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Dawson v. Yucus - 97 Ill. App. 2d 101, 239 N.E.2d 305 (1968)


There is an exception to the rule that naming the individual prevents the gift from becoming a class gift. The mere fact that the testator mentions by name the individuals who make up the class is not conclusive, and that if the intention to give a right of survivorship is collected from the remaining provisions of the will, as applied to the existing facts, such an intention must prevail. This is in accord with the general rule applying to construction of wills, that the intention of the testator, if clearly manifested from the whole will, must prevail over rules of construction. A gift to persons named is a gift to them individually and not as a class, and the court will treat the gift as one to individuals, unless reasons are found in the language and structure of the will for deciding that the intent of the testator, which is, of course, paramount to the rule, would be best subserved by disregarding the rule and treating the gift as one to a class.


In the testator's will, a clause gave two named beneficiaries a portion of her interest in a farm. One of those beneficiaries predeceased the testator, and the surviving beneficiary filed an action to construe the will, claiming that he was entitled to the entire interest conveyed in the clause because that devise was a class gift. The trial court entered judgment for defendants, executrix and residuary beneficiaries, after concluding that the devise was to two specific individuals and that the gift to the deceased beneficiary lapsed and passed into the residuary.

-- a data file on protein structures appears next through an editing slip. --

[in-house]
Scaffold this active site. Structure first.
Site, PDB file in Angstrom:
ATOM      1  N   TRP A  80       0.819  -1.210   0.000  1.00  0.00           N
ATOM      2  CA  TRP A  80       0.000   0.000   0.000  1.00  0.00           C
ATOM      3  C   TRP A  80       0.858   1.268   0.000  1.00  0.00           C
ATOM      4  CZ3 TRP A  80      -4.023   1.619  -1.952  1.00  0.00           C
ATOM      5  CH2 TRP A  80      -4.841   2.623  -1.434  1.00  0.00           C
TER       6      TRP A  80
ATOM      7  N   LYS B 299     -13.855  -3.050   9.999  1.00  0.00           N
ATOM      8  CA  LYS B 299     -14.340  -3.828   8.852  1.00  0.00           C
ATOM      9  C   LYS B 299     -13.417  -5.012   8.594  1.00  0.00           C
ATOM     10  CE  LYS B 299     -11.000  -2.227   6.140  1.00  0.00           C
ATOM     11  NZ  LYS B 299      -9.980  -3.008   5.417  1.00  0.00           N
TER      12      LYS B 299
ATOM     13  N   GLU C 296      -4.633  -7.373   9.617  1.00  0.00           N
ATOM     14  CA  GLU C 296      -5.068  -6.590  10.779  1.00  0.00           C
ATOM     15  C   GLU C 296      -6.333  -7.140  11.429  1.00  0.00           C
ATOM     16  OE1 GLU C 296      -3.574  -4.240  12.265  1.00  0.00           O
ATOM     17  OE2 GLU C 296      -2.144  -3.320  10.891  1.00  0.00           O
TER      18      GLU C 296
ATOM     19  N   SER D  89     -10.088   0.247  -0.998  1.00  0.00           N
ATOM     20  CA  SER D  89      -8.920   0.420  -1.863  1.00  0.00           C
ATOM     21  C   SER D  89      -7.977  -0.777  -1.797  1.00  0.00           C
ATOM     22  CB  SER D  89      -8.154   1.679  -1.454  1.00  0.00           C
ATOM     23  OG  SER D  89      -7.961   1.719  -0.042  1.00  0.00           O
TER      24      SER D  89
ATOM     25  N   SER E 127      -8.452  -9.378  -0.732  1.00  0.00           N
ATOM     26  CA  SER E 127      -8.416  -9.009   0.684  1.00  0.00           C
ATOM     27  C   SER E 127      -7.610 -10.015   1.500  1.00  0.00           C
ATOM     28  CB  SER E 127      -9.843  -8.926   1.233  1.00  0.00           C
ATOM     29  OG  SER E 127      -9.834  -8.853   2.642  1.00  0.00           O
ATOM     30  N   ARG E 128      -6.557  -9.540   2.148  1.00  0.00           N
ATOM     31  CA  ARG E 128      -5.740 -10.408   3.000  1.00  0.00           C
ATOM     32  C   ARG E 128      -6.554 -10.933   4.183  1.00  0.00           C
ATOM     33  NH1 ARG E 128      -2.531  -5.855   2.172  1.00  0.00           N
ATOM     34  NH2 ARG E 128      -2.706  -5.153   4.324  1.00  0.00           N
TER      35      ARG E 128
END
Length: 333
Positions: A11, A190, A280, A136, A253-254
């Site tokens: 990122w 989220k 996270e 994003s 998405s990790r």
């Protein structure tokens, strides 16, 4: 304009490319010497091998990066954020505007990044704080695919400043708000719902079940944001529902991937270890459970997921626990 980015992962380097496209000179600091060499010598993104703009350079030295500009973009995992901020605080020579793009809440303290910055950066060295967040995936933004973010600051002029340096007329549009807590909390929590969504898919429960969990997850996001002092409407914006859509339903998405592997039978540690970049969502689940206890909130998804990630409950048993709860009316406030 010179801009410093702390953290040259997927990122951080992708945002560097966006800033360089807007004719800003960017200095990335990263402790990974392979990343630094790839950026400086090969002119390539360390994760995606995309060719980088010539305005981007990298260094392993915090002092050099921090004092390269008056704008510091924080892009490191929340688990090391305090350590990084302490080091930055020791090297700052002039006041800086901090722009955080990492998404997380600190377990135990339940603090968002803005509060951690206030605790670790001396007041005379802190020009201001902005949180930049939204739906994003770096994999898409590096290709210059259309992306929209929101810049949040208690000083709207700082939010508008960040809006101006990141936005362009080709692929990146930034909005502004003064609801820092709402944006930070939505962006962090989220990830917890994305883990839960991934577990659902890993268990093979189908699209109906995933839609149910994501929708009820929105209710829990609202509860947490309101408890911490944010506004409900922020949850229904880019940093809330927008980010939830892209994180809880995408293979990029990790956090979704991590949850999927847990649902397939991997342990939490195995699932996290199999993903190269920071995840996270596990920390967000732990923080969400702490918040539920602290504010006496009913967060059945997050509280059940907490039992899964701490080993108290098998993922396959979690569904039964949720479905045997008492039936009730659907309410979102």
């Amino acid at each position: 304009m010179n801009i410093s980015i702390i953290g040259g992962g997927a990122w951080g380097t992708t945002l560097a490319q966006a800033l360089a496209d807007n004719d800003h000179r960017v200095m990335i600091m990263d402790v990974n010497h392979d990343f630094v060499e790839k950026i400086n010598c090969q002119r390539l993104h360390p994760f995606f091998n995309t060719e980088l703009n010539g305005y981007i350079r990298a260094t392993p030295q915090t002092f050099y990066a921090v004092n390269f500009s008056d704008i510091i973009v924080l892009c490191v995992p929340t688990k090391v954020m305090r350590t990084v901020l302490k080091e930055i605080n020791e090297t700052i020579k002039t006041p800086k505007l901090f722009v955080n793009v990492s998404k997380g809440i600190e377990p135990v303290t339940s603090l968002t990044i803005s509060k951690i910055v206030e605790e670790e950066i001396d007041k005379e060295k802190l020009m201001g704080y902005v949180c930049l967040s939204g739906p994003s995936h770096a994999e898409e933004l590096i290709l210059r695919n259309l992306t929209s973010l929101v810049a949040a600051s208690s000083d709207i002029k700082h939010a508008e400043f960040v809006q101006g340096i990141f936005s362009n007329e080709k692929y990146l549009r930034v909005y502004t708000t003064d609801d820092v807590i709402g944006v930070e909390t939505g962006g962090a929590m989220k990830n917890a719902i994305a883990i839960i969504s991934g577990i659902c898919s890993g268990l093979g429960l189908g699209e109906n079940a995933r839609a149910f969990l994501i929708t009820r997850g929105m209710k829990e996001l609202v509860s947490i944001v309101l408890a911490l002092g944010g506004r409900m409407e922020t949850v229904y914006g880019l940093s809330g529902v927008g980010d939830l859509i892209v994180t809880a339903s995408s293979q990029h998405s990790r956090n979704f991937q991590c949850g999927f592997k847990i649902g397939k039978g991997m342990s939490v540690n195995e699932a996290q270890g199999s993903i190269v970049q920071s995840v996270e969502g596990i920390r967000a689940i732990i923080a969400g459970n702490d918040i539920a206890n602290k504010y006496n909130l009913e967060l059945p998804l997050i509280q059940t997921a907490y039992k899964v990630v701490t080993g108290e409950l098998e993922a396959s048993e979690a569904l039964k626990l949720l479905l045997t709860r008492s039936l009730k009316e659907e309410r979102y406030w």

Was the surviving beneficiary entitled to the entire interest conveyed in a clause in the testator’s will?




The Court held that the clause did not create a class gift and that the gift to the deceased beneficiary passed into the residue of the testator's estate under the Illinois Lapse Statute, Ill. Rev. Stat. ch. 3, § 49 (1965). There was nothing in the language of the will that indicated that the testator intended to create a class gift, and her creation of a survivorship gift of the residue of the estate indicated that she knew how to manifest such an intent. Thus, the court concluded that the gift was not made to prevent the operation of the Illinois Lapse Statute, which had to be given its effect. The appellate court affirmed the trial court's order in a will construction case that determined that plaintiffs were not entitled to an interest in a will after concluding that the clause in question was not a class gift.

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